A Place for Symphonia?

The doctrine of Symphonia has fallen out of favor in recent years. In a later blog I hope to cover some contemporary voices in Orthodoxy and their contemporary views on political theology. For now, it is enough to indicate that there may be a place for a kind of “Reimagined Symphonia” in Christian thinking. In a pluralistic society, Christians are but one voice as are the voices of those of other religions and secular voices as well. On the analogy with a symphony orchestra, government, religious and other groups (what are sometimes called “mediating institutions”) are all instruments in the “orchestra” of our society and of creating the “music” of social harmony and a just and fair society. A plurality of voices is what makes our society dynamic and able to achieve peaceful and positive change.

All the voices that make up a diverse society need to be heard in the formation of public policy, and when they are heard, they should be seen as contributing to the health of the polity. (Of course, the voices should be wise, courteous and loving and not foolish, strident, and divisive. “Speaking the Truth in Love” is forever difficult to achieve) In our society, powerful forces want to silence religious voices, perhaps especially the voices of traditional Christian faith and morality. This is a mistake, as the eighty years of Soviet Communism proved. A better and wiser course is given in the notion that we should all work together to create a free, just, and wise social order. We will not always or even generally agree, but a wise government listens and serves as best it can all of the social components of society.


This is Memorial Day Weekend. It is an important and appropriate that Christians join with the rest of our nation recognizing the sacrifices that have been made on our behalf by past generations. The future will not be a rerun of the past, but those who with humility and wisdom appreciate the sacrifices of the past and attempt to learn from its successes and failures have the best chance of creating a society “Of the People, By the People, and For the People.” This means all the people, not just those in power and in a position to dominate society.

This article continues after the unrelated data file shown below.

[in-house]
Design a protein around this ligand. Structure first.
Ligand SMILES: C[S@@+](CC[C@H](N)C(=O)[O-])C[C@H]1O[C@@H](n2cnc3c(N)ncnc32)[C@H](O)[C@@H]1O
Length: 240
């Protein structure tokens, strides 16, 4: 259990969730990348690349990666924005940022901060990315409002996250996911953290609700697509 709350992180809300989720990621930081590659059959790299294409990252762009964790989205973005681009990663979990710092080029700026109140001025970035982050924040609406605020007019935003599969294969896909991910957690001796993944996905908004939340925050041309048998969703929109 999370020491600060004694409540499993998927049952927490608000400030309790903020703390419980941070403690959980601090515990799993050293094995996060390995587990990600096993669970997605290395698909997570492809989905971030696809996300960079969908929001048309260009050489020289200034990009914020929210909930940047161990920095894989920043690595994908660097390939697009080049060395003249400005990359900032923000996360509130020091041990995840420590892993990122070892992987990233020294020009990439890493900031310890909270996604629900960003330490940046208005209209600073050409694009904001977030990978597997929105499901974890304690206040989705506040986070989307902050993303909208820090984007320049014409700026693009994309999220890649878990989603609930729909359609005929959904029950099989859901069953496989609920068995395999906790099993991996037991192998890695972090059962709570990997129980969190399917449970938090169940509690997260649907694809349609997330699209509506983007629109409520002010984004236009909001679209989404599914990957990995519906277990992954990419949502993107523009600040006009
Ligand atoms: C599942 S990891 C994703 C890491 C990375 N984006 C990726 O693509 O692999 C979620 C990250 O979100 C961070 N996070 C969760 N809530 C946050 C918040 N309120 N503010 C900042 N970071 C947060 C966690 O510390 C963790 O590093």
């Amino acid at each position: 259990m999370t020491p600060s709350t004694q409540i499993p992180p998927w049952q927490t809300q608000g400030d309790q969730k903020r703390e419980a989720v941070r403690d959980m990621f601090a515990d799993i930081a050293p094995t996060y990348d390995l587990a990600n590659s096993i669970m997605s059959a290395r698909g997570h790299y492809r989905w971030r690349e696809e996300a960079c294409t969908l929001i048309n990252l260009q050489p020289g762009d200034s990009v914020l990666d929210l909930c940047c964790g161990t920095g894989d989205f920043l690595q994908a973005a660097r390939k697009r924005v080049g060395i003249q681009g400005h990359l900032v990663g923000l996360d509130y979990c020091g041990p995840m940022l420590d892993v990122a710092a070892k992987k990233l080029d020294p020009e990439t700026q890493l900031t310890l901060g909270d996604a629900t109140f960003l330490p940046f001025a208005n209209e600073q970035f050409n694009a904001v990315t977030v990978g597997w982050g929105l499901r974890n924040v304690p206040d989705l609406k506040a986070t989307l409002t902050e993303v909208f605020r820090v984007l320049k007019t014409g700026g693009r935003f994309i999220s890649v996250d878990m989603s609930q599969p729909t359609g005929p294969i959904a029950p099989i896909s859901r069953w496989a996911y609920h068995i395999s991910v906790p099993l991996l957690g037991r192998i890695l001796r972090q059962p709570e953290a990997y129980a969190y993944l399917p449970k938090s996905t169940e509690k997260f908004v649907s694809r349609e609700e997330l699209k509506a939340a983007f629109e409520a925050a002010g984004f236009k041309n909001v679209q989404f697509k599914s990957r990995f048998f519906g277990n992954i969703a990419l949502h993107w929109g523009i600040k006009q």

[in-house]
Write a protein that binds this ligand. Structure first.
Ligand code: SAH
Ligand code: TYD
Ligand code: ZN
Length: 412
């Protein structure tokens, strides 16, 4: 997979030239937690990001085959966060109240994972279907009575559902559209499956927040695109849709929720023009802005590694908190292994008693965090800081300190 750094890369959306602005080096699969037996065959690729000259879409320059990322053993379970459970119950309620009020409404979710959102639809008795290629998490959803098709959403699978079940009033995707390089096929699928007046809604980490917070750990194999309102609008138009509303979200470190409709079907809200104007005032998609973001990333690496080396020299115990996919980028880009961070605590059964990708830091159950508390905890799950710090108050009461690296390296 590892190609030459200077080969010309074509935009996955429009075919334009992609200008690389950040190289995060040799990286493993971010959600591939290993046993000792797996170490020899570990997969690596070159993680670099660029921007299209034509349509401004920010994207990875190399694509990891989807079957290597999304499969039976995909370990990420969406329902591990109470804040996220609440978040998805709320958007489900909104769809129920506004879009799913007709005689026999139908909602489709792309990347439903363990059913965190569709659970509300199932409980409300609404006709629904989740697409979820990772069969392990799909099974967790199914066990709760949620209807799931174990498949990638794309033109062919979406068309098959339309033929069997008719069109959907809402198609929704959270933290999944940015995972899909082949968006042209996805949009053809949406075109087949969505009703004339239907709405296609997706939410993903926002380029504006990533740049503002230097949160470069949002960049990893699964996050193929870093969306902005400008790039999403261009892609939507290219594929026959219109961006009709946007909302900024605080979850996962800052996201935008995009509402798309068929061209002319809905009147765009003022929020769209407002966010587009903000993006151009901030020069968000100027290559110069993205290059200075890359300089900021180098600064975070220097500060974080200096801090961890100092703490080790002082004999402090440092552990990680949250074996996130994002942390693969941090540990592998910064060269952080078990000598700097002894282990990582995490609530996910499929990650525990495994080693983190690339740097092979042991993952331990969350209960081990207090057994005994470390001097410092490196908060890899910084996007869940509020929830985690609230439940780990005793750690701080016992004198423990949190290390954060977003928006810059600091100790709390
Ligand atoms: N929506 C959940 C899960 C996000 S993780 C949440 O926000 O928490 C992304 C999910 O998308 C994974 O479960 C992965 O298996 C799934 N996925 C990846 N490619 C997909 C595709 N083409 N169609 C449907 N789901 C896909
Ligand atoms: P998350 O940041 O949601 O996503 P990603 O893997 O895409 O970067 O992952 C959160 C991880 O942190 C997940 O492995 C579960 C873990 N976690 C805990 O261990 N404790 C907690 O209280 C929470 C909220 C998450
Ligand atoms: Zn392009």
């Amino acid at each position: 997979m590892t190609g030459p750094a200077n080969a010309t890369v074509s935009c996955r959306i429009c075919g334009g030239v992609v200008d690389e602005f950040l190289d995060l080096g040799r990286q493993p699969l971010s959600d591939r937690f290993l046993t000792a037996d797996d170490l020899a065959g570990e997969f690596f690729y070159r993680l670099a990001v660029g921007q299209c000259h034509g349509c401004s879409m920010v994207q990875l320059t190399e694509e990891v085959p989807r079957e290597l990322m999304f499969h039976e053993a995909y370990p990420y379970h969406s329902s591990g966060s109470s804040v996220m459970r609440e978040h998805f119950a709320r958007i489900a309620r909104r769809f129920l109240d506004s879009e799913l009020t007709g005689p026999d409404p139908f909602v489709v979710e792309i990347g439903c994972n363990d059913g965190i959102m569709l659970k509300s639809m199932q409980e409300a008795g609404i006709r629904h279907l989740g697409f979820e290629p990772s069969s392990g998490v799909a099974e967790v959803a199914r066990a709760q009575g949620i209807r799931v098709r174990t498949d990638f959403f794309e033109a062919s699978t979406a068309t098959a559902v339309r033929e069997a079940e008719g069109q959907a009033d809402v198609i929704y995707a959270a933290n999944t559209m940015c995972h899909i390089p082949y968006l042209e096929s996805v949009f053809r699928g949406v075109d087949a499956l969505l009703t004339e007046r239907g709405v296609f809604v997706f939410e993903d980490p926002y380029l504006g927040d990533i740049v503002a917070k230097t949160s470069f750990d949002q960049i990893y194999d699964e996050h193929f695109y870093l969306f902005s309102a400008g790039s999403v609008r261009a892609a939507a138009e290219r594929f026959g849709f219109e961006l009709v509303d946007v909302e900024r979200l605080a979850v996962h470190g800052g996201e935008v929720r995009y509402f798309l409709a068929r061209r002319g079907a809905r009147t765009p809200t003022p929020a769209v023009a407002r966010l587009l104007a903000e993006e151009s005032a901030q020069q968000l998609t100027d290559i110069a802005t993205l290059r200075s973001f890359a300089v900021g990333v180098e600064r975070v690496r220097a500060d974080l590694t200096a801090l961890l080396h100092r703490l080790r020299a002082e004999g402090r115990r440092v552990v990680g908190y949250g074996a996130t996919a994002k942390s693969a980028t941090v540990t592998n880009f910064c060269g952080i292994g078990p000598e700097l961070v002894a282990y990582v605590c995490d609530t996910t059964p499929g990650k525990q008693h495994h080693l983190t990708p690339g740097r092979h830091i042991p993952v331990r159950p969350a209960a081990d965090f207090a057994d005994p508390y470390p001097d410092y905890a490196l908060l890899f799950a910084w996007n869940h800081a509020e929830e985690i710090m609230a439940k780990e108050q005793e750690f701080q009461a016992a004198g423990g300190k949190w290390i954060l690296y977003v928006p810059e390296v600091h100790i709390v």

Copyright, 2022, All Rights Reserved

[1] See, Rod Dreher, Live Not By Lies: A Manual for Christian Dissents (New York: Sentinal Press, 2020), 22.

[2] Gene Sublovisch, “Russia’s Journey from Orthodoxy to Atheism, and Back Again” in Religion and Politics October 16, 2018 https://religionandpolitics.org/2018/10/16/russias-journey-from-orthodoxy-to-atheism-and-back-again/ )downloaded May 19, 2022). This is a review of Victoria Smolkin’s A Sacred Stace is Never Empty: A History of Soviet Atheism (Princeton, NJ: Princeton University Press, 2018).

[3] This is a long and complex story. During World War II, Stalin, wanting as much social support for this military as possible, began the process of allowing greater religious freedom in Russia. Under Khrushchev, this progress was halted to some degree. In the late years of the Soviet Union, the process of allowing greater religious freedom continued. Nearly all religious Russians are Orthodox, though other Christian groups, Islam, and other religions are part of the Russian religious landscape.

[4] Erin Cunningham, “How Russia’s War in Ukraine is Dividing the Orthodox Christian World” Washington Post, April 24, 2022 at https://www.washingtonpost.com/world/2022/04/24/russia-ukraine-orthodox-church/ (downloaded May 19, 2022). I think it is important to recognize that the Russian Orthodox Church stands almost alone in its support of Putin and this war.